The Republic of Pirates explores the early 18th century of the American colonies and the Caribbean, which was the era of pirates like Samuel “Black Sam” Bellamy, Charles Vane, and Edward “Blackbeard” Thatch. Although told in narrative style, most of the information comes from newspapers, letters, journals, etc. from the time, place, and people presented. According to a note on the cover of my edition, this book was the inspiration for the NBC mini-series “Crossbones”. I liked the tv show, so I picked up the book. I have to admit, I was surprised by the apparent historical accuracy, not only of Crossbones, but also other recent pirate stories, including the Disney movie franchise Pirates of the Caribbean.
The narrative style makes the book easy to read, not an easy feat for a history based on archival research. The downfall for me was in the organization. I would have preferred to have the narrative presented in more chronological fashion because there are so many figures involved. With organization based more as a series of biographical portraits of the most notorious pirates, it’s hard to remember figures who appear in minor roles in different stories, and it’s also hard to see how the lives of the various people involved intertwine.
The other troublesome factor is that there are questions raised or directions suggested that don’t follow through. For example, the subtitle of the book is “Being the True and Surprising Story of the Caribbean Pirates and the Man Who Brought Them Down”. This phrasing suggests to me that the pirates and Woodes Rogers will get roughly even page-time; they do not. Another example is the story of a doctor (I think it was a physician; it’s hard to remember) who is forced to serve on a pirate ship who refuses payment for something, a move which apparently saves his life later on, but what happens to him in the future related to refusing the gift is not presented. I admit it is possible I just missed that part as there is a lot of detail and information (which is a good thing) and people’s names are hard to remember if they haven’t been mentioned in a while.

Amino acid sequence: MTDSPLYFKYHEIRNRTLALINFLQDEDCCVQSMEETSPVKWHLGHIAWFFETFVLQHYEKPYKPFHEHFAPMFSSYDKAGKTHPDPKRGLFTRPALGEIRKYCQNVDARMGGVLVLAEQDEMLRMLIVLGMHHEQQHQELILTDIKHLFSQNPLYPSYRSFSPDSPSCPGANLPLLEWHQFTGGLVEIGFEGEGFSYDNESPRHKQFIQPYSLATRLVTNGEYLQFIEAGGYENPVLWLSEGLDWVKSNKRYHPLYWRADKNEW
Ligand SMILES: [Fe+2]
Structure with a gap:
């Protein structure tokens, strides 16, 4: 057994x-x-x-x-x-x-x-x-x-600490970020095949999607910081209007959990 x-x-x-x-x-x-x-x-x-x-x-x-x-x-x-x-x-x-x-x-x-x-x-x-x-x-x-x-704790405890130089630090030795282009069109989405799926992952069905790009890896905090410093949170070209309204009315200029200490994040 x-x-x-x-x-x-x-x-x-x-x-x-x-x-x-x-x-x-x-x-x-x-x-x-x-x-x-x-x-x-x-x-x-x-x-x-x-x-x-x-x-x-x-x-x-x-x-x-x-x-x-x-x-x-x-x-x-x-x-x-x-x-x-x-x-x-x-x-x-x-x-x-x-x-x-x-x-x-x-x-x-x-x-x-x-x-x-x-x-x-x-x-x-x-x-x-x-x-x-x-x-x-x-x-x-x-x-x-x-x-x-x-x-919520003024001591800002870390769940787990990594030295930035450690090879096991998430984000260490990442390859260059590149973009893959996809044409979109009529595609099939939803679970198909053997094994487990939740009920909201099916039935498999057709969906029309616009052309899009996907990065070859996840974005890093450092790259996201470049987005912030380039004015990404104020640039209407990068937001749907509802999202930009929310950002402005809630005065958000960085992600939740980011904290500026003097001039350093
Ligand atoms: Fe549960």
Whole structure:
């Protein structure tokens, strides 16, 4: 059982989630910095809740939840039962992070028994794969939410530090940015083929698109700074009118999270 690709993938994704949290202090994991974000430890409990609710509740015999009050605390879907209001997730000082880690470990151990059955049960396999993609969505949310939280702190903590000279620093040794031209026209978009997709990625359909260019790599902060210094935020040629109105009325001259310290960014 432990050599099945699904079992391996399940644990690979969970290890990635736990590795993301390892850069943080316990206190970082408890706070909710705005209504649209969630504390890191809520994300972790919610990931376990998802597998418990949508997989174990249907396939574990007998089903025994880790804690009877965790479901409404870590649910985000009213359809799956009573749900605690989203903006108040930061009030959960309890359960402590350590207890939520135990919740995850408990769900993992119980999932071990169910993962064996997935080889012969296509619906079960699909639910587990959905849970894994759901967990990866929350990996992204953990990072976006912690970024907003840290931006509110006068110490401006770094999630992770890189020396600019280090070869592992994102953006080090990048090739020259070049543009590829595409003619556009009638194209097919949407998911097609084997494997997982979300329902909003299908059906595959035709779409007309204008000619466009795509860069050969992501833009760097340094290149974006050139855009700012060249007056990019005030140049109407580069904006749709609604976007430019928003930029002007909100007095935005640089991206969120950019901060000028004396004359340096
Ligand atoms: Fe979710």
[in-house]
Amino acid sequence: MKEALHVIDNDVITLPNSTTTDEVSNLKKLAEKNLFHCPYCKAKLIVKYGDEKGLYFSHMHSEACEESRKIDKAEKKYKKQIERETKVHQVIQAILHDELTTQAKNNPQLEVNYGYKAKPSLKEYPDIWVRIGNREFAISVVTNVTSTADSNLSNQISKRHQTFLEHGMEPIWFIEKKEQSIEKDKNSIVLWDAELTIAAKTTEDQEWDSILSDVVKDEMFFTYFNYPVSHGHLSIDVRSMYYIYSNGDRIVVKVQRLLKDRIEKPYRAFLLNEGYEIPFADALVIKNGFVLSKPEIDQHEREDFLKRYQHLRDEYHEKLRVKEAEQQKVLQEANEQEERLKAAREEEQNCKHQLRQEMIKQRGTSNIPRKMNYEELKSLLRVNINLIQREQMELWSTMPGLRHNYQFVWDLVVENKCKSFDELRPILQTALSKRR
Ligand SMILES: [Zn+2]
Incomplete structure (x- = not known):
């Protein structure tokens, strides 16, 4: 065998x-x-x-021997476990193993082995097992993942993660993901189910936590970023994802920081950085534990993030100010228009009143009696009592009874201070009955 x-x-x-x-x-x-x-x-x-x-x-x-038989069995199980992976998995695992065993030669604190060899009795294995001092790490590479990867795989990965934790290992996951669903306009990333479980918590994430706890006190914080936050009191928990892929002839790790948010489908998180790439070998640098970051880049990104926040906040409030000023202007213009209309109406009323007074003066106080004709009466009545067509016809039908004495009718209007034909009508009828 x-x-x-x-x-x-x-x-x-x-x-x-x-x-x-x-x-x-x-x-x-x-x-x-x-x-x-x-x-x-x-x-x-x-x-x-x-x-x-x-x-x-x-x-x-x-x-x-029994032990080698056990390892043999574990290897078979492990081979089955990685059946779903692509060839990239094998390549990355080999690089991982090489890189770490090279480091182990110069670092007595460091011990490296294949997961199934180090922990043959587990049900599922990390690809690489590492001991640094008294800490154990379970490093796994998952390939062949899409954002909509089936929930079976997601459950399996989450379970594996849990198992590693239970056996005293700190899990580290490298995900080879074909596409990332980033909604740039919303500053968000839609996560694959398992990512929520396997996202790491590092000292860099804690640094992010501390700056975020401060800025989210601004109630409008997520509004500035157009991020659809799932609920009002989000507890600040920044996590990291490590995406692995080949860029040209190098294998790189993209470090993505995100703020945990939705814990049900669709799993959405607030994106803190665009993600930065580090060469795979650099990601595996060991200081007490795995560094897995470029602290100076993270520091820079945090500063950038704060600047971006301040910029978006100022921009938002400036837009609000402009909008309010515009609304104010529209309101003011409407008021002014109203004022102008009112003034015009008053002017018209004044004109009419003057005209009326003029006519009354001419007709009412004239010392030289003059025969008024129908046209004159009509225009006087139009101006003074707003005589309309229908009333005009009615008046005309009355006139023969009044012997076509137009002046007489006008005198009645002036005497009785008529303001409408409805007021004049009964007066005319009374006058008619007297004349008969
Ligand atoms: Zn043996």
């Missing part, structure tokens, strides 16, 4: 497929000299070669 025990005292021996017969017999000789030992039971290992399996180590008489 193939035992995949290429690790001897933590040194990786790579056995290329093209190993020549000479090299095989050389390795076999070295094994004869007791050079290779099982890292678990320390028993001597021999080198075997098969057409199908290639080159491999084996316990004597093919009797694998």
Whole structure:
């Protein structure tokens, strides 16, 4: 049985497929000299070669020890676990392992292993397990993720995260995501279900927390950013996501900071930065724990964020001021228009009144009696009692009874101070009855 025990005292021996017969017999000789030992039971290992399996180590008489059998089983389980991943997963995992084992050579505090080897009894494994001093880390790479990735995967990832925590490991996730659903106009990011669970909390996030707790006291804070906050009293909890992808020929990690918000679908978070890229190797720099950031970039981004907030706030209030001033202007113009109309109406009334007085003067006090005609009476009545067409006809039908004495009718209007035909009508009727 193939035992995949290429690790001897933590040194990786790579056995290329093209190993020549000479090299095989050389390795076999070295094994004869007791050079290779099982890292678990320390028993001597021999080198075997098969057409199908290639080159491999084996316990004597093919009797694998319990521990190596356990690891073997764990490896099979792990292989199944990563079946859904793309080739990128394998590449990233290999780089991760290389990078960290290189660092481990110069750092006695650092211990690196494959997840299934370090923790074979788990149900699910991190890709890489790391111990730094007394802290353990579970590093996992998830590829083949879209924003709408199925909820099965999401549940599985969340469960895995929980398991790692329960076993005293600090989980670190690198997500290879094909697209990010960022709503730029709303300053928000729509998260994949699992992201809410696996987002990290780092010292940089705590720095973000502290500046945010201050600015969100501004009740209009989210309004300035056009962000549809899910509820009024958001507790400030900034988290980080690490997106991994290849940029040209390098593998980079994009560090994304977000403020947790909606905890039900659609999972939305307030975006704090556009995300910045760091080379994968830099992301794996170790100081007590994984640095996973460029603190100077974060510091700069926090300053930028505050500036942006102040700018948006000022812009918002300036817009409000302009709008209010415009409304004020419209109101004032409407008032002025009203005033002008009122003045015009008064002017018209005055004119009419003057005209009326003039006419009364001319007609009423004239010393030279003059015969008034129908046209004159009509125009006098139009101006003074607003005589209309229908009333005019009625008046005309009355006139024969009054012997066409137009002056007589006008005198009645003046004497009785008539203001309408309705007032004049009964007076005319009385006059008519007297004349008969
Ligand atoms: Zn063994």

I honestly did like this book. The research is strong and the stories are interesting. Even if piratey things are not your geekdom, The Republic of Pirates and its focus on the era as both history and legend is informative and worth the minor (really they aren’t too bad) difficulties of the book.